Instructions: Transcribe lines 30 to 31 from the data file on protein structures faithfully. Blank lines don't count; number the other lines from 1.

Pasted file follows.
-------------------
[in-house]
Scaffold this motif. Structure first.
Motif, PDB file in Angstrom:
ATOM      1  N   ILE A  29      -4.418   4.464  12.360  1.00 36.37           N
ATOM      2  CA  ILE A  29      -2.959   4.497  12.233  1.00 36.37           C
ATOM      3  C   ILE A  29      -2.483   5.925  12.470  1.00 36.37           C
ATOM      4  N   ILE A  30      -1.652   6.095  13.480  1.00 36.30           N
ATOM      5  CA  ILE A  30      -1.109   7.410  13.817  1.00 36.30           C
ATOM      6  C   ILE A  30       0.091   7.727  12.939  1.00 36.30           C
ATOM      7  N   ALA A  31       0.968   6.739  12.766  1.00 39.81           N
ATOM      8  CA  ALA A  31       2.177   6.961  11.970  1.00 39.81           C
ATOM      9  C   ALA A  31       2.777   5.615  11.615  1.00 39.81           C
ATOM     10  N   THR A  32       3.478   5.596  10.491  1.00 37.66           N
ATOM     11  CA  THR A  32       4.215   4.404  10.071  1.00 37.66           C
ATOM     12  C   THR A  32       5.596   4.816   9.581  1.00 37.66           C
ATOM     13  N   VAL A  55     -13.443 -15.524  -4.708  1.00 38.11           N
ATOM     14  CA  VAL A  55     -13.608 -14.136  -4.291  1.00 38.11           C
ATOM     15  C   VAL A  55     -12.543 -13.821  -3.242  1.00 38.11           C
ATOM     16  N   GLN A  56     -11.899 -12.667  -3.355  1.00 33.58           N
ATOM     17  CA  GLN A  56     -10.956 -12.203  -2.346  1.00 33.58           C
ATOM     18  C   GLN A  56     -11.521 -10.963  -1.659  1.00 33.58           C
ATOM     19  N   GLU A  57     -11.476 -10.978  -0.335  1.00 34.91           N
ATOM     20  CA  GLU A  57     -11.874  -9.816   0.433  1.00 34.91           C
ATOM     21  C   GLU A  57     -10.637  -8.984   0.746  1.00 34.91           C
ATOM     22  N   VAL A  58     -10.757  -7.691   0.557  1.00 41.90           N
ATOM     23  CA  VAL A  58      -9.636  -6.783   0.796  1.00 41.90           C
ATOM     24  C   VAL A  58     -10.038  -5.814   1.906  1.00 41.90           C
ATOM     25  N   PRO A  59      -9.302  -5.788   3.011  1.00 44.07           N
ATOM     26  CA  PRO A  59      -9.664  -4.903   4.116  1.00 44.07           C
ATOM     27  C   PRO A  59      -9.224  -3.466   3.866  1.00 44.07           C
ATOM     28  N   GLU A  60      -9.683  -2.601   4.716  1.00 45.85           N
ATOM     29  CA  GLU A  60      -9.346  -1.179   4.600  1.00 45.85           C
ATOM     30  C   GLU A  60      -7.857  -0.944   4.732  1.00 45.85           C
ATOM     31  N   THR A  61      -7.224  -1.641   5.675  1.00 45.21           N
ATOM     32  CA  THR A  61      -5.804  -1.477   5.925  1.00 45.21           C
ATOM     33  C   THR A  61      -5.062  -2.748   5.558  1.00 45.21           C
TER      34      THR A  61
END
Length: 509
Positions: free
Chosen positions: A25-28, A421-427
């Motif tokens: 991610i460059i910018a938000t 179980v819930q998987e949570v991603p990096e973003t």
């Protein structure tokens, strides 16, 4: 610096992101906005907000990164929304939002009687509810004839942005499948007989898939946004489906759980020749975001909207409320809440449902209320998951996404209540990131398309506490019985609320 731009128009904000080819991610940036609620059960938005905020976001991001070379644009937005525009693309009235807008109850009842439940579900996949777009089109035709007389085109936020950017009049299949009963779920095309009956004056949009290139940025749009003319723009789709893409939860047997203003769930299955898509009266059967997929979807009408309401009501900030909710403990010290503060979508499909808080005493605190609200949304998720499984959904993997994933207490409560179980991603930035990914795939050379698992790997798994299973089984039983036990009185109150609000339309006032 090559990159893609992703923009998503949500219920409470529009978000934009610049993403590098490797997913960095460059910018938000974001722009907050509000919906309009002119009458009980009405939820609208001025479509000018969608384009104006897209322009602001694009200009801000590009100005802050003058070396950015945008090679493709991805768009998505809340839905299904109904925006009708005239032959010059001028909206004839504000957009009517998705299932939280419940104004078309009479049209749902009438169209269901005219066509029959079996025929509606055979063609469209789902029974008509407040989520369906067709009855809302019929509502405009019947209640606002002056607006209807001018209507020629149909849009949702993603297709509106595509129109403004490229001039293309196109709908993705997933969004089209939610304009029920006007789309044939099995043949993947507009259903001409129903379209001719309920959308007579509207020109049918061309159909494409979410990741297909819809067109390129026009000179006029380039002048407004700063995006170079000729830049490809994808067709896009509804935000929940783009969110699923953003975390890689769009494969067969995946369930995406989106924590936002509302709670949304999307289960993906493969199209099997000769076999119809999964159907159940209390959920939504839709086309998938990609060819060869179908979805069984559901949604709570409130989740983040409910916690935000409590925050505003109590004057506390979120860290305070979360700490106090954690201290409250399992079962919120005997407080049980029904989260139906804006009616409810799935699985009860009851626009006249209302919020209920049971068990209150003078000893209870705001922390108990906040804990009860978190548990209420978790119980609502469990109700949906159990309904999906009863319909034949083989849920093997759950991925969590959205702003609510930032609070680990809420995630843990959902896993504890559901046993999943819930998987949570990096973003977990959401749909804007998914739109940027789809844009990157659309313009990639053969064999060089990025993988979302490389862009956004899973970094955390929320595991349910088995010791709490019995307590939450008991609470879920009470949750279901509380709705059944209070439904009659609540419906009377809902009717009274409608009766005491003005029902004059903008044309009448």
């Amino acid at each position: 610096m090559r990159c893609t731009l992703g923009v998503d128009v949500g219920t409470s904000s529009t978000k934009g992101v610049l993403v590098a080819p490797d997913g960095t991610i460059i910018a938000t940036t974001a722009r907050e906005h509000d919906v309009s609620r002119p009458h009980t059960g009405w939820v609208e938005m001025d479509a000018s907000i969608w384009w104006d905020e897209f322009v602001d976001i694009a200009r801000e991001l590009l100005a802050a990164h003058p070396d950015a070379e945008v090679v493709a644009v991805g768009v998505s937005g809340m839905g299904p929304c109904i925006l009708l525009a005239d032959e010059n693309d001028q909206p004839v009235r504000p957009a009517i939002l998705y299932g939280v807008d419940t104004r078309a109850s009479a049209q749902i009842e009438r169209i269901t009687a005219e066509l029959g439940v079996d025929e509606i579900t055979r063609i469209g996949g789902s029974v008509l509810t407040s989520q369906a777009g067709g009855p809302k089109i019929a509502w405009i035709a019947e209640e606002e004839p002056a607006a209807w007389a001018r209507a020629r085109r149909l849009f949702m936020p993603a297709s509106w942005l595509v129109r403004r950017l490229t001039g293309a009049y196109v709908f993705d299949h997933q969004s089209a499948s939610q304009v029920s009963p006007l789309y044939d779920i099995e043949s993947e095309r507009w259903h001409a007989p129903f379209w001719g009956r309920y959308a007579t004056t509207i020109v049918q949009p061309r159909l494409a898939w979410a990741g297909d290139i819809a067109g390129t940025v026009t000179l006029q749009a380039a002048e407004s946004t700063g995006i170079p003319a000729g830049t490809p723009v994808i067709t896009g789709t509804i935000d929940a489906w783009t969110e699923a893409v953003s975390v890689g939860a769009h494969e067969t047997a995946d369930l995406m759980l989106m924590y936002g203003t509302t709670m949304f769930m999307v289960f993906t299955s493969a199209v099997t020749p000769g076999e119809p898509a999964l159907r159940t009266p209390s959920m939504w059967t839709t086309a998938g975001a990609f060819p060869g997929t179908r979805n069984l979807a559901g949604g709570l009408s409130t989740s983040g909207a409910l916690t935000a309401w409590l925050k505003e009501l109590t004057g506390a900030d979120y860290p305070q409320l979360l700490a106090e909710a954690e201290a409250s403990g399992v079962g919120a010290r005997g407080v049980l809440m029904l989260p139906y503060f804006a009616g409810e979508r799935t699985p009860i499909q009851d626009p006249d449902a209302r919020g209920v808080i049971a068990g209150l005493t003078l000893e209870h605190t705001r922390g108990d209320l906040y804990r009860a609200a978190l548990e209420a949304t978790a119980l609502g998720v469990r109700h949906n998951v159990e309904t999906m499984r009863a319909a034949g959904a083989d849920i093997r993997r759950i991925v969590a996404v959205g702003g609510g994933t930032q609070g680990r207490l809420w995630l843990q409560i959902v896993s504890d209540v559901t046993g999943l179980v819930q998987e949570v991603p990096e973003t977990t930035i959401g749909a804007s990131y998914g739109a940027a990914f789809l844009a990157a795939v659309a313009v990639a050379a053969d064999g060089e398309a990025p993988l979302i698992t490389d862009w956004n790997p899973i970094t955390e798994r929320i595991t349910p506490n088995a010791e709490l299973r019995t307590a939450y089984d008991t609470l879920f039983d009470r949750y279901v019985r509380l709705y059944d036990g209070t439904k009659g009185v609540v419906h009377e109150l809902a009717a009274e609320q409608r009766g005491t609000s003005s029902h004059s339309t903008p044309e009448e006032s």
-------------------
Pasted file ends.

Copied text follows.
ATOM     27  C   PRO A  59      -9.224  -3.466   3.866  1.00 44.07           C
ATOM     28  N   GLU A  60      -9.683  -2.601   4.716  1.00 45.85           N